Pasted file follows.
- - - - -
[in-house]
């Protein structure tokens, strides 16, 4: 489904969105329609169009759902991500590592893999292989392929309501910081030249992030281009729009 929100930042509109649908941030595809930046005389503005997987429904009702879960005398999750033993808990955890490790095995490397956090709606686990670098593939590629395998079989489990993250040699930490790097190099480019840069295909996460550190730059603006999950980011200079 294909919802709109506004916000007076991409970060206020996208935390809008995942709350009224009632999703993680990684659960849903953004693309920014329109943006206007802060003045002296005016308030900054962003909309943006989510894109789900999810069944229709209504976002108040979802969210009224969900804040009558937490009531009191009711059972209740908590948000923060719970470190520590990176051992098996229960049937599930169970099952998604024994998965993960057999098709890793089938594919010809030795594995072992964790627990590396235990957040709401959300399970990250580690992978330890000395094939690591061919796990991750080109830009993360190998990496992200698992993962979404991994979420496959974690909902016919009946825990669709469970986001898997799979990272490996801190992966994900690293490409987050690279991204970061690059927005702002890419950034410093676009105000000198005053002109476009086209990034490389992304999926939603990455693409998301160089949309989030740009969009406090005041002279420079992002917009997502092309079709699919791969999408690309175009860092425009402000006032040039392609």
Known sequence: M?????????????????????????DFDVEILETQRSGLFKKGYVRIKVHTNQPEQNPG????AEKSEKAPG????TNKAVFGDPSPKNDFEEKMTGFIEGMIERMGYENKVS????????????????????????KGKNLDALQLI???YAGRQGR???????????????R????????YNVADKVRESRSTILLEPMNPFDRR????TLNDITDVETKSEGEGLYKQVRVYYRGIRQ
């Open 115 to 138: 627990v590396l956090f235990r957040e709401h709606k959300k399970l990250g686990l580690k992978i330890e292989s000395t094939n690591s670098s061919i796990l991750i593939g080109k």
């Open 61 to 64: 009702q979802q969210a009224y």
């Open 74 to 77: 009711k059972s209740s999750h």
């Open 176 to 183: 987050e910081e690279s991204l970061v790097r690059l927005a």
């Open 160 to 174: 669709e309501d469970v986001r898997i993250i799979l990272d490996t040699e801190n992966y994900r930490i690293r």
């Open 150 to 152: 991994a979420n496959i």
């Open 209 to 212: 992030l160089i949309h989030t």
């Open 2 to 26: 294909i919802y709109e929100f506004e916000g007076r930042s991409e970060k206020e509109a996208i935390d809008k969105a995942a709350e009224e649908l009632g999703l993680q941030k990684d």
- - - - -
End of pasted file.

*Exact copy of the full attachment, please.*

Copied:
[in-house]
């Protein structure tokens, strides 16, 4: 489904969105329609169009759902991500590592893999292989392929309501910081030249992030281009729009 929100930042509109649908941030595809930046005389503005997987429904009702879960005398999750033993808990955890490790095995490397956090709606686990670098593939590629395998079989489990993250040699930490790097190099480019840069295909996460550190730059603006999950980011200079 294909919802709109506004916000007076991409970060206020996208935390809008995942709350009224009632999703993680990684659960849903953004693309920014329109943006206007802060003045002296005016308030900054962003909309943006989510894109789900999810069944229709209504976002108040979802969210009224969900804040009558937490009531009191009711059972209740908590948000923060719970470190520590990176051992098996229960049937599930169970099952998604024994998965993960057999098709890793089938594919010809030795594995072992964790627990590396235990957040709401959300399970990250580690992978330890000395094939690591061919796990991750080109830009993360190998990496992200698992993962979404991994979420496959974690909902016919009946825990669709469970986001898997799979990272490996801190992966994900690293490409987050690279991204970061690059927005702002890419950034410093676009105000000198005053002109476009086209990034490389992304999926939603990455693409998301160089949309989030740009969009406090005041002279420079992002917009997502092309079709699919791969999408690309175009860092425009402000006032040039392609």
Known sequence: M?????????????????????????DFDVEILETQRSGLFKKGYVRIKVHTNQPEQNPG????AEKSEKAPG????TNKAVFGDPSPKNDFEEKMTGFIEGMIERMGYENKVS????????????????????????KGKNLDALQLI???YAGRQGR???????????????R????????YNVADKVRESRSTILLEPMNPFDRR????TLNDITDVETKSEGEGLYKQVRVYYRGIRQ
């Open 115 to 138: 627990v590396l956090f235990r957040e709401h709606k959300k399970l990250g686990l580690k992978i330890e292989s000395t094939n690591s670098s061919i796990l991750i593939g080109k």
């Open 61 to 64: 009702q979802q969210a009224y």
């Open 74 to 77: 009711k059972s209740s999750h």
């Open 176 to 183: 987050e910081e690279s991204l970061v790097r690059l927005a």
């Open 160 to 174: 669709e309501d469970v986001r898997i993250i799979l990272d490996t040699e801190n992966y994900r930490i690293r």
């Open 150 to 152: 991994a979420n496959i």
């Open 209 to 212: 992030l160089i949309h989030t």
């Open 2 to 26: 294909i919802y709109e929100f506004e916000g007076r930042s991409e970060k206020e509109a996208i935390d809008k969105a995942a709350e009224e649908l009632g999703l993680q941030k990684d």